This platform began in 2013 as a collaboration between the United Nations Research Institute for Social Development (UNRISD) and the former United Nations Special Rapporteur on Extreme Poverty and Human Rights, Magdalena Sepúlveda to enhance awareness of, and develop the capacity to, implement a human rights-based approach to social protection.

The result of this collaboration was a web platform, Linking Social Protection and Human Rights, which was developed as part of the UNRISD website with the support of the Ministry of Foreign Affairs of Finland. The objective was to provide a space to convene leading thinkers around the complex challenges of implementing social protection from a rights perspective, as well as practical guidance for policy makers and practitioners.

The original website included an explanatory framework based on reports to the UN General Assembly and Human Rights Council, a key case-law depository where social protection issues have been discussed by regional and domestic courts and other forums, expert commentaries on common issues and easy access to external resources targeted toward policy makers, development practitioners and human rights advocates.

Once the platform was established, reactions from stakeholders confirmed the growing need for the type of interdisciplinary support provided by the platform, as well as more knowledge about the tools available to help operationalize a rights-based approach to social protection. This provided the basis for moving to its current independent web platform.

Following the early success of the platform, the International Labour Organization’s (ILO) Social Protection Department became a partner in 2014 to help to strengthen the platform’s legal and operational content, assist in its dissemination, and meet the needs stated by stakeholders; including the implementation of the current standalone website. Subsequently, additional partners have joined the initiative: the Office of the High Commissioner for Human Rights (OHCHR), the UN Economic Commission for Latin America and the Caribbean (ECLAC), the UN Economic and Social Commission for Western Asia (ESCWA), the UN Economic and Social Commission for Asia and the Pacific (ESCAP), the Food and Agriculture Organization of the United Nations (FAO), the United Nations Entity for Gender Equality and the Empowerment of Women (UN Women), and the United Nations Economic Commission for Africa (ECA).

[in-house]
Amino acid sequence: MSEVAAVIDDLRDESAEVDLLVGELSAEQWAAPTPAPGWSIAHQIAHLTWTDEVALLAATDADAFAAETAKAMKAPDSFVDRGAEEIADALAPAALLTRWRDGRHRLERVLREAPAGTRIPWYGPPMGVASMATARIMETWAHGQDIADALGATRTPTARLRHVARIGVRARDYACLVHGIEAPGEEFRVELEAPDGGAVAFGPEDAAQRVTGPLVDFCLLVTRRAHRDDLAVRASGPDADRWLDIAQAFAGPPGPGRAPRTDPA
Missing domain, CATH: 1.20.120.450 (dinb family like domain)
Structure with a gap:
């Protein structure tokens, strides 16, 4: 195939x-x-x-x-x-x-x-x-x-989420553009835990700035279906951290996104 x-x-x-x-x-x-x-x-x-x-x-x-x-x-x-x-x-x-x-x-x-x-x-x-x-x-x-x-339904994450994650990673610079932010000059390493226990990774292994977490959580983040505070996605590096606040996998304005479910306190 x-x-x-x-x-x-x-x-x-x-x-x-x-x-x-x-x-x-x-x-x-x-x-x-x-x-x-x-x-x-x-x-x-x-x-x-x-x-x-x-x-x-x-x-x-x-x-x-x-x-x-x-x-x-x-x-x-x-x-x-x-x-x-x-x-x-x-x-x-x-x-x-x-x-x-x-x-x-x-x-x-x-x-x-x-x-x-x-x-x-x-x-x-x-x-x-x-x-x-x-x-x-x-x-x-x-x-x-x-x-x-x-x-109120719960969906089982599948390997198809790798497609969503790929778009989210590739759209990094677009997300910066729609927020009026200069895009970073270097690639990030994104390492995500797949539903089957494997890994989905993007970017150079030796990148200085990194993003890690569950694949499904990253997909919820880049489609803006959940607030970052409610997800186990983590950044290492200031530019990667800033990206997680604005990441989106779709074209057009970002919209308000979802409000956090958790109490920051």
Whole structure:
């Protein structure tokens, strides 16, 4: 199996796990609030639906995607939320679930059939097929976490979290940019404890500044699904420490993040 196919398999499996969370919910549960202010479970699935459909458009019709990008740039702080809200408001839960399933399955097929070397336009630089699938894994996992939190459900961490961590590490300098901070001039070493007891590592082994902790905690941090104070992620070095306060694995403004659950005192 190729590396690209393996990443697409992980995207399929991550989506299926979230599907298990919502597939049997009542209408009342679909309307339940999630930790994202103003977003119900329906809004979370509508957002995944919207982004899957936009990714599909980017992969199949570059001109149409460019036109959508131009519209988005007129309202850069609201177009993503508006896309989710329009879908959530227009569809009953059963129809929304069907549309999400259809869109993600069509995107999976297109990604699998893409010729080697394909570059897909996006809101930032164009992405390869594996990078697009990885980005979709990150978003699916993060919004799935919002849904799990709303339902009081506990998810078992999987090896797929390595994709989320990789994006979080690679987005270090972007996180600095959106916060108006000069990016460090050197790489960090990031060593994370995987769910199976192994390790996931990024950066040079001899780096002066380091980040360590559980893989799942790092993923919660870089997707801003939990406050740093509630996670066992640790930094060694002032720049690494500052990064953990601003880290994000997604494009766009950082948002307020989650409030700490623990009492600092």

While the fields of social protection and human rights are being driven closer together thanks to increasing awareness of inequality and vulnerability, there are still gaps in designing and implementing effective programmes that provide comprehensive coverage. Although social protection is an internationally recognized right, implementing a rights-based approach to social protection involves a range of overlapping and interdependent rights, which means that assumptions about approaches in both the human rights and social protection fields need to be challenged.

The Social Protection and Human Rights platform was designed to provide policy makers and practitioners with the tools to challenge these assumptions and bridge the gaps: a clear explanation of fundamental principles and relevant instruments, examples of jurisprudence, and an inclusive space for engagement around experiences, best practices and innovative solutions. This is a unique combination of resources that won’t be found elsewhere.


Our goal is for this to be an interactive platform, and we invite you to submit suggestions for new topics to include, expert commentaries or any other comments to unrisdsp_hr@un.org.


Social Protection and Human Rights